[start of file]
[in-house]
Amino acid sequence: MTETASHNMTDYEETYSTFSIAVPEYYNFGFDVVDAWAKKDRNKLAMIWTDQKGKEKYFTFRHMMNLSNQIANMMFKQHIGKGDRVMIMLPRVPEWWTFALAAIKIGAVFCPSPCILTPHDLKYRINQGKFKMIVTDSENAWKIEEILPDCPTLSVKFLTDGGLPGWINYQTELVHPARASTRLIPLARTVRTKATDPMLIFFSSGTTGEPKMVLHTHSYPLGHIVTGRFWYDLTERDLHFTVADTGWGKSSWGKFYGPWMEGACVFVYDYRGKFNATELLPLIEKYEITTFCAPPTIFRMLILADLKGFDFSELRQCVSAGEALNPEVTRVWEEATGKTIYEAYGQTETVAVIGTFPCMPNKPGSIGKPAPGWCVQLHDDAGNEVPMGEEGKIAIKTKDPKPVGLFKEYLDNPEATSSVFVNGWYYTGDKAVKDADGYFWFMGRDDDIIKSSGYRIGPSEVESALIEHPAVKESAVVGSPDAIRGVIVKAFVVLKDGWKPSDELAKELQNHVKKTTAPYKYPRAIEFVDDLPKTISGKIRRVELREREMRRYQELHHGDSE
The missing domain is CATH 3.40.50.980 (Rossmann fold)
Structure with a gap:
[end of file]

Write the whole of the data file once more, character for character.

[in-house]
Amino acid sequence: MTETASHNMTDYEETYSTFSIAVPEYYNFGFDVVDAWAKKDRNKLAMIWTDQKGKEKYFTFRHMMNLSNQIANMMFKQHIGKGDRVMIMLPRVPEWWTFALAAIKIGAVFCPSPCILTPHDLKYRINQGKFKMIVTDSENAWKIEEILPDCPTLSVKFLTDGGLPGWINYQTELVHPARASTRLIPLARTVRTKATDPMLIFFSSGTTGEPKMVLHTHSYPLGHIVTGRFWYDLTERDLHFTVADTGWGKSSWGKFYGPWMEGACVFVYDYRGKFNATELLPLIEKYEITTFCAPPTIFRMLILADLKGFDFSELRQCVSAGEALNPEVTRVWEEATGKTIYEAYGQTETVAVIGTFPCMPNKPGSIGKPAPGWCVQLHDDAGNEVPMGEEGKIAIKTKDPKPVGLFKEYLDNPEATSSVFVNGWYYTGDKAVKDADGYFWFMGRDDDIIKSSGYRIGPSEVESALIEHPAVKESAVVGSPDAIRGVIVKAFVVLKDGWKPSDELAKELQNHVKKTTAPYKYPRAIEFVDDLPKTISGKIRRVELREREMRRYQELHHGDSE
The missing domain is CATH 3.40.50.980 (Rossmann fold)
Structure with a gap: